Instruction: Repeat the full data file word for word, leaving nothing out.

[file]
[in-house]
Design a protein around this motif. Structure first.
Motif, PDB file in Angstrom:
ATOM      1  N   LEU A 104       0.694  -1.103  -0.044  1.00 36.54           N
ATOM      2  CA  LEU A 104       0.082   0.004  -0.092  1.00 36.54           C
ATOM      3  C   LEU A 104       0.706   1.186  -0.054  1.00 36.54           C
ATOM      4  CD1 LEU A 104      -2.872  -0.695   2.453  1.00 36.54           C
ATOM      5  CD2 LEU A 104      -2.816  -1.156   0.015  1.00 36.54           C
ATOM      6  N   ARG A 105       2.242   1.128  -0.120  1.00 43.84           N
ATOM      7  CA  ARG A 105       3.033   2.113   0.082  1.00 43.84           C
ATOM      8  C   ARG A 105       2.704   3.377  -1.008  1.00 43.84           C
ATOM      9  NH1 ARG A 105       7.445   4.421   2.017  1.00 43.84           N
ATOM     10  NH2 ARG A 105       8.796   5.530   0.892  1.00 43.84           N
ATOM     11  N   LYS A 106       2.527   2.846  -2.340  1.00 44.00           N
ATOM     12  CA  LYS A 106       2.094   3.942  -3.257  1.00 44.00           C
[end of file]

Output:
[in-house]
Design a protein around this motif. Structure first.
Motif, PDB file in Angstrom:
ATOM      1  N   LEU A 104       0.694  -1.103  -0.044  1.00 36.54           N
ATOM      2  CA  LEU A 104       0.082   0.004  -0.092  1.00 36.54           C
ATOM      3  C   LEU A 104       0.706   1.186  -0.054  1.00 36.54           C
ATOM      4  CD1 LEU A 104      -2.872  -0.695   2.453  1.00 36.54           C
ATOM      5  CD2 LEU A 104      -2.816  -1.156   0.015  1.00 36.54           C
ATOM      6  N   ARG A 105       2.242   1.128  -0.120  1.00 43.84           N
ATOM      7  CA  ARG A 105       3.033   2.113   0.082  1.00 43.84           C
ATOM      8  C   ARG A 105       2.704   3.377  -1.008  1.00 43.84           C
ATOM      9  NH1 ARG A 105       7.445   4.421   2.017  1.00 43.84           N
ATOM     10  NH2 ARG A 105       8.796   5.530   0.892  1.00 43.84           N
ATOM     11  N   LYS A 106       2.527   2.846  -2.340  1.00 44.00           N
ATOM     12  CA  LYS A 106       2.094   3.942  -3.257  1.00 44.00           C